They informed me that they were not terminating *any* contracts at this time, and that I was contractually obligated to write that book for them, and that I could not write it for anyone else, or write it and self publish it.

Since the contract was for a TBD concept, that means they have claim on the next piece of erotica or erotic romance that I write. My choices are to write it for them, or to stop writing erotic romance entirely.

Because holding authors hostage is a totally valid business model.

I am beyond enraged, and anything I write from here on out is just going to be an angry rant, so I think I’ll just drop the mic here and walk out for today.


Today was supposed to be…

…the most exciting day of my writing life to date.

I’ve actually been planning today for years. What I was going to say, how I was going to do the Big Reveal. The cutesy things I’d reveal about the story.

I don’t get to do that.

I got this in my inbox last night.


I’m not going to link to the publisher. I’m not going to tell you where to buy it. I don’t feel right asking you to purchase it, because it seems fairly obvious that profits from that publisher are going to silence free speech and reduce blogger rights (IN MY OPINION, lawyers, go the hell away). But I couldn’t face letting it just die in my inbox.

I just wanted you all to see.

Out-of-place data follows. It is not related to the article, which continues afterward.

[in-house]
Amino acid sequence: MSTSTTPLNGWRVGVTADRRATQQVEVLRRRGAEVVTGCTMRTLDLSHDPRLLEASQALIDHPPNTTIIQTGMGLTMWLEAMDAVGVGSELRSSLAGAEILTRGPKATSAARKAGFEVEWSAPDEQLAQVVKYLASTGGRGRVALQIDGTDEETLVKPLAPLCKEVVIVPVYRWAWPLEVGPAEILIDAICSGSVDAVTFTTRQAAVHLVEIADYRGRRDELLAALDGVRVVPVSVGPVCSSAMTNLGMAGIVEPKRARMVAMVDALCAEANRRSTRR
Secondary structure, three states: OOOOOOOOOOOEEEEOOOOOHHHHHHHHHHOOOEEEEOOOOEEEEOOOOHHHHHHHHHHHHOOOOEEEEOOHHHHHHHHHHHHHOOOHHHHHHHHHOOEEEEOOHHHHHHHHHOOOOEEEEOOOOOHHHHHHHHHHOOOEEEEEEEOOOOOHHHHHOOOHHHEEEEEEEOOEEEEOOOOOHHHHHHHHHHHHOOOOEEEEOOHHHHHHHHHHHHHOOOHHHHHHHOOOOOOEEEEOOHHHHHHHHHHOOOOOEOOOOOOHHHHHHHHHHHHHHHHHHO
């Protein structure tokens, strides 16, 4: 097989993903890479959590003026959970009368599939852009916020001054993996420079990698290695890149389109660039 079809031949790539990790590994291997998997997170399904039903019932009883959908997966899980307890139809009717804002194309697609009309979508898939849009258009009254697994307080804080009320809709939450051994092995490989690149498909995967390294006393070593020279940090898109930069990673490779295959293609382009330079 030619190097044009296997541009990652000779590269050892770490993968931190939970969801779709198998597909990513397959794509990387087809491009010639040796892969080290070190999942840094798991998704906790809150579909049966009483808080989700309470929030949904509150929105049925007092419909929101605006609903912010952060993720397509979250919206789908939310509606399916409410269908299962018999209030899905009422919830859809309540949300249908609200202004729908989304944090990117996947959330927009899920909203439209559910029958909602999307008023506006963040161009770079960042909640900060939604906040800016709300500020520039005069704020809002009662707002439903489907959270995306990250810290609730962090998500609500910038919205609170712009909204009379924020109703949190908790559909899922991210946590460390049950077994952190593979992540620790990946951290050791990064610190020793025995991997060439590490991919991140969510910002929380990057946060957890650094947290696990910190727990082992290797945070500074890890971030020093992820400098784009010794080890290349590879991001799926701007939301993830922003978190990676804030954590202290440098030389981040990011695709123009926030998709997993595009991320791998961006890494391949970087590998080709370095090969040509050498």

I want to say as well that my experiences with my cover artist, my editor, were amazing, and everything this was supposed to be. I’m quite proud of this little story, and the work that went into it. But I said it on Twitter last night, and I meant it: some things are more important than our individual sales or even our careers. This is one of those things.

Thanks for sharing this moment with me, even if it’s not what it was supposed to be.

Sweet Mistake releases on 10/10

So. Ellora’s Cave.

If you visit the romance-author blogosphere pretty much at all, I imagine it would be hard to miss all the current goings-on. If you have missed it, Dear Author┬áhas a very detailed sum-up of what’s happening, along with the most recent developments.

Here’s where things get interesting for me: I signed with EC right before the most current dust up. I signed a three book contract. I was over the moon with delight.

A few days after I sent in my edits on Sweet Mistake, the news broke that the company had ended contracts with the vast majority of their freelance editors and cover designers, leading a lot of people to question whether or not the company was going to remain solvent for much longer.